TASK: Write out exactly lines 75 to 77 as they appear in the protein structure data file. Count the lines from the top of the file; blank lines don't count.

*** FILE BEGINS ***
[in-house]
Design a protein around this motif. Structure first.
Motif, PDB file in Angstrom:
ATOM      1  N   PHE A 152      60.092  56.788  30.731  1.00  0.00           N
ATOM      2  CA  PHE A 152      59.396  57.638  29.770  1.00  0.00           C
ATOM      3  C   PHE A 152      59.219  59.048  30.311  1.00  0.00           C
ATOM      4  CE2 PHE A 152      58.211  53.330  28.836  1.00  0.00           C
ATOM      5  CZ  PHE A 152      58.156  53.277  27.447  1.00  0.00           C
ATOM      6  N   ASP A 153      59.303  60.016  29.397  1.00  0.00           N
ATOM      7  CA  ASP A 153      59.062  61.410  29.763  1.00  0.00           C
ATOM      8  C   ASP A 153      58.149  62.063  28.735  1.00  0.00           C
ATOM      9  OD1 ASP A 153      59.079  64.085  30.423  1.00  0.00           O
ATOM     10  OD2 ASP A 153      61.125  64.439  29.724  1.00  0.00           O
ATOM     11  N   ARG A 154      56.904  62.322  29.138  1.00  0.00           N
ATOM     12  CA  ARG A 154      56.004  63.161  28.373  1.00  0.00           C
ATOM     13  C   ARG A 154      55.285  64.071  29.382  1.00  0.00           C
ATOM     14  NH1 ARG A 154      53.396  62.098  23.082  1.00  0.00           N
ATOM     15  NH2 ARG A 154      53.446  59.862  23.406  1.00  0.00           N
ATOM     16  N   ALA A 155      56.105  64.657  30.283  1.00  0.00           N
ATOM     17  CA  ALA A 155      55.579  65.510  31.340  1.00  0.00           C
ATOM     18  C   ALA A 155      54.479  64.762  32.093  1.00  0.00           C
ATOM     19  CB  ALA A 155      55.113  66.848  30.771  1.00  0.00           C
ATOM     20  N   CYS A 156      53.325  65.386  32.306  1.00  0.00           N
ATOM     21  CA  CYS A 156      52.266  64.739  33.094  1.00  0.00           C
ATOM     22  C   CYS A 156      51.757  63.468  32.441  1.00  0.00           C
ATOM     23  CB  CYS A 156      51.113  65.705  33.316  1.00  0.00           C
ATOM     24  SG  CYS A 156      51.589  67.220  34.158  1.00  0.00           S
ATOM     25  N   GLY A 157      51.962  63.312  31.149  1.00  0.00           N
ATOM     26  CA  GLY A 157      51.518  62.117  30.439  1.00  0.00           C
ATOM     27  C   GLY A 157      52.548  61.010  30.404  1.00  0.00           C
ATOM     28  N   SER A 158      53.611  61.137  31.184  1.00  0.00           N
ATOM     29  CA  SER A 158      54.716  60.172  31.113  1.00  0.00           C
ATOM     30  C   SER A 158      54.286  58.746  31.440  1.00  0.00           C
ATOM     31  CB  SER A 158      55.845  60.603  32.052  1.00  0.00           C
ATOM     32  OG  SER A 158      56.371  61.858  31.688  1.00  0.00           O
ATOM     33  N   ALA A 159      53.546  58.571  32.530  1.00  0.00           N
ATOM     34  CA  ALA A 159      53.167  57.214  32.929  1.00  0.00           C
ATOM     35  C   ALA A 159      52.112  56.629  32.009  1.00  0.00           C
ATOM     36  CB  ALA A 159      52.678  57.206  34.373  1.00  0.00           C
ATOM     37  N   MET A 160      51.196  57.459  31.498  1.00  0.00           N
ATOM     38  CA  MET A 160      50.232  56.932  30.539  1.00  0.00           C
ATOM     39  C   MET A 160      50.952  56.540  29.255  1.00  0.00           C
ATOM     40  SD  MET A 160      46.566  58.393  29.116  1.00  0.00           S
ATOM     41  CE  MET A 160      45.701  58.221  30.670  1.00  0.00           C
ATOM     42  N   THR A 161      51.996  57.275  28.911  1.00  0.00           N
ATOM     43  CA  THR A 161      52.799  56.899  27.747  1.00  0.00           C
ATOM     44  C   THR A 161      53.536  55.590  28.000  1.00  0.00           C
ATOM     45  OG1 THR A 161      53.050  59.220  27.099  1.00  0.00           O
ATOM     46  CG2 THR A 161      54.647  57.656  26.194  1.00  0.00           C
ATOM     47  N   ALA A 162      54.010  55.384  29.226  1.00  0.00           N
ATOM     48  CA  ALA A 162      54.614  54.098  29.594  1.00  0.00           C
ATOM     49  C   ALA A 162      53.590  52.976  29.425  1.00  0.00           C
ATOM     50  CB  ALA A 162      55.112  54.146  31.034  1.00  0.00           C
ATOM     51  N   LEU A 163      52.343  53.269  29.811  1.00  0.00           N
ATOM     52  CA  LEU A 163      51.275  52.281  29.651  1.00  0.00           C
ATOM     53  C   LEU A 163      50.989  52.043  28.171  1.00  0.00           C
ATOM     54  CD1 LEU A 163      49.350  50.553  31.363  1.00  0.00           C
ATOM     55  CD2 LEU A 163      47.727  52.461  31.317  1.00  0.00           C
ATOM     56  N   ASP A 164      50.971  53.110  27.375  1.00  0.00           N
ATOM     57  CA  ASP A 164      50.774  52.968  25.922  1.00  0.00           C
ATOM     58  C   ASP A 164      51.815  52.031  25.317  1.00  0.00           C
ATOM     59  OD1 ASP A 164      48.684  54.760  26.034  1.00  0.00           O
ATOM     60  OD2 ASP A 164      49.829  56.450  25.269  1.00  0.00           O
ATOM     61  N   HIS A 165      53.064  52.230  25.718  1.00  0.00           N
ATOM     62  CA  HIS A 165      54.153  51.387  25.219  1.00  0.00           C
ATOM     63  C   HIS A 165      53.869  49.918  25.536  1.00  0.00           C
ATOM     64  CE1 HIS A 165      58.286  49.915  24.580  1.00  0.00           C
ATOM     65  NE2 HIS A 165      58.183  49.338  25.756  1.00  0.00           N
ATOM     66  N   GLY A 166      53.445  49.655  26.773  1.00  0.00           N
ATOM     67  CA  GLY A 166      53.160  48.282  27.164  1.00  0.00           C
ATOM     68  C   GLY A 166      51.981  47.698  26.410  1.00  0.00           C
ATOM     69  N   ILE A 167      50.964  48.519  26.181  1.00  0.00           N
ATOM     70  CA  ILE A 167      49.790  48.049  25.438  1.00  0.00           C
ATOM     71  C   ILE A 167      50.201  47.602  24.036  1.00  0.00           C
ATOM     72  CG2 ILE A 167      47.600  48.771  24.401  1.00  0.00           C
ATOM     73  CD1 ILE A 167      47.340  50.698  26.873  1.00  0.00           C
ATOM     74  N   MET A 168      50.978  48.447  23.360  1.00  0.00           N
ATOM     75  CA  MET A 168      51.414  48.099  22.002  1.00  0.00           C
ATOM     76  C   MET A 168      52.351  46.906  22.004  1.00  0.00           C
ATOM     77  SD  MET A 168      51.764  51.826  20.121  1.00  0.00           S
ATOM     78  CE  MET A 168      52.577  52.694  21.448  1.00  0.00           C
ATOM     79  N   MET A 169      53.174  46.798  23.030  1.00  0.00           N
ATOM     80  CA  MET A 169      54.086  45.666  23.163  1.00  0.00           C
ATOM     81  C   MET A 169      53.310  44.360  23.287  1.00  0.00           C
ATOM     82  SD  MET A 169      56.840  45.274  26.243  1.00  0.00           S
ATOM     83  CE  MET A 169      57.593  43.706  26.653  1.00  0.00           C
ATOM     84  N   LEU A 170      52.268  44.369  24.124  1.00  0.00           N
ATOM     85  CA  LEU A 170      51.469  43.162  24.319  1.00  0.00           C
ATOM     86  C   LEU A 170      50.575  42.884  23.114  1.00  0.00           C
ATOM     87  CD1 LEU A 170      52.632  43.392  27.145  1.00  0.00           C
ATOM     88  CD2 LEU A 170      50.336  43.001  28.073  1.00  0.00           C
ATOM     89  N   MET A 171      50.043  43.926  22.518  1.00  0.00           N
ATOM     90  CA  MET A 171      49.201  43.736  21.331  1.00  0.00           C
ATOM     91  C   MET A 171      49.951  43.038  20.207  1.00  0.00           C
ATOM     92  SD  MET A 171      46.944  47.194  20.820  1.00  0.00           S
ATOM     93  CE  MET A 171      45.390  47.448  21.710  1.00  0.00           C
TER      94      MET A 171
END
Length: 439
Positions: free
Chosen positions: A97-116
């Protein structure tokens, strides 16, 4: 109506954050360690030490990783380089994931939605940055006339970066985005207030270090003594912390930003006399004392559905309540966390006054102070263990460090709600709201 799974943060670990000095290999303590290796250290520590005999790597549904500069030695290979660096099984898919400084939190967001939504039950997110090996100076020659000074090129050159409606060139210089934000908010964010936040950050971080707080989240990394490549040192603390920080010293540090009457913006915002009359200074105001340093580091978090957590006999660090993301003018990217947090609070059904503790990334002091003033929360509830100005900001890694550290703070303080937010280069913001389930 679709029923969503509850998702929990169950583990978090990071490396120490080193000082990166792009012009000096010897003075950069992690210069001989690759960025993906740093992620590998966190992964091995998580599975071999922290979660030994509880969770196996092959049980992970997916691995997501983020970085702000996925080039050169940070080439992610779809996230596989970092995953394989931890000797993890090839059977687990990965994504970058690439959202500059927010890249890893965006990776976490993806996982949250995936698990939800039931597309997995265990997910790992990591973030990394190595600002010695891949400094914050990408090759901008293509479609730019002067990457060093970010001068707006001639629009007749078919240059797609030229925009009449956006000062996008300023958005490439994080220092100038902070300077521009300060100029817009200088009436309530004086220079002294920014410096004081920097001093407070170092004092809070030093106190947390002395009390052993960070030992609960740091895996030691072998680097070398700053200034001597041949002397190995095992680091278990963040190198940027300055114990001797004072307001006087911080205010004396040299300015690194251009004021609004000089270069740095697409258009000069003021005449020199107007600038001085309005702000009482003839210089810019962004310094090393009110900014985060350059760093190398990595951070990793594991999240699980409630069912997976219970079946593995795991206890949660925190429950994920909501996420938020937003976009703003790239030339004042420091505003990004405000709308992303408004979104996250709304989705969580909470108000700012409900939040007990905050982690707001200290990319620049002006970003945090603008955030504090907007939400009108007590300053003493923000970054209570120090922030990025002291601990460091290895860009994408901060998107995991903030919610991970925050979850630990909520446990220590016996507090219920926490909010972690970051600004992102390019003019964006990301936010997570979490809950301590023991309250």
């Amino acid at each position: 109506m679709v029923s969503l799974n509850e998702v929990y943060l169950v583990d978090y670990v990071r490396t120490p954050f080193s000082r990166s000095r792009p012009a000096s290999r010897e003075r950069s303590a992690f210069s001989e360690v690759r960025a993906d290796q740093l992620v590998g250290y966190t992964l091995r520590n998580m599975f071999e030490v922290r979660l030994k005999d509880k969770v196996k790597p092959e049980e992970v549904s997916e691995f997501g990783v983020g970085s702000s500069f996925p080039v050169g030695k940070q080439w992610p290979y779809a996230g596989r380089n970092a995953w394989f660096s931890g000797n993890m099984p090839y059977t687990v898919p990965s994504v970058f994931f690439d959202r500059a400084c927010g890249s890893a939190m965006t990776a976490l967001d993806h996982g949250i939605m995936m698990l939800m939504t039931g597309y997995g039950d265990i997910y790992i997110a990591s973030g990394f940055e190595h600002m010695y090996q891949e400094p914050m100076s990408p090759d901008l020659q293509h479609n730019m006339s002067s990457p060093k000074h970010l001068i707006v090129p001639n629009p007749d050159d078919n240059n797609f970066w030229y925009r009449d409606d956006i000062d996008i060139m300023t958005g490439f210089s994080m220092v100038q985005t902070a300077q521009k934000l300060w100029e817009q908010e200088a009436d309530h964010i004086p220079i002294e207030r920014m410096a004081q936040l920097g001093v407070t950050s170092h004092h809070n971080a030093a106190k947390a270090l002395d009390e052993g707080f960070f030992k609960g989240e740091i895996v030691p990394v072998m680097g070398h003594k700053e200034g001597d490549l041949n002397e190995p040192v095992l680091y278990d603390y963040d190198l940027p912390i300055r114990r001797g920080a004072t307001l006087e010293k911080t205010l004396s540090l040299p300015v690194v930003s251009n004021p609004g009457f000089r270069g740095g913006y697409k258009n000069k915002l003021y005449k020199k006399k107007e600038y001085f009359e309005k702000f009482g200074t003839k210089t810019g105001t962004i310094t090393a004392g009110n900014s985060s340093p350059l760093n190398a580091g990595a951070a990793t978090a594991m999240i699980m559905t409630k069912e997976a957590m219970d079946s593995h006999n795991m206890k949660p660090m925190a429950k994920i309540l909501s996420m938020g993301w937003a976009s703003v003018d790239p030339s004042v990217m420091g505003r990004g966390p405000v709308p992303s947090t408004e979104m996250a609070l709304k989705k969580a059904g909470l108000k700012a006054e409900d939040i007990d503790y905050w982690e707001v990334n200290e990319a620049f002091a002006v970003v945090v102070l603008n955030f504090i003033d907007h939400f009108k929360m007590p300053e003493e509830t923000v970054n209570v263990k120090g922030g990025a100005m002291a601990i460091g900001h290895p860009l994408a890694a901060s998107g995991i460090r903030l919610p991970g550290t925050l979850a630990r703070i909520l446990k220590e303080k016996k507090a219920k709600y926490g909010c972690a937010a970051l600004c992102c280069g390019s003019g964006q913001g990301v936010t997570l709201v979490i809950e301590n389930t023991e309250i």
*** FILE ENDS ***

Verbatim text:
ATOM     72  CG2 ILE A 167      47.600  48.771  24.401  1.00  0.00           C
ATOM     73  CD1 ILE A 167      47.340  50.698  26.873  1.00  0.00           C
ATOM     74  N   MET A 168      50.978  48.447  23.360  1.00  0.00           N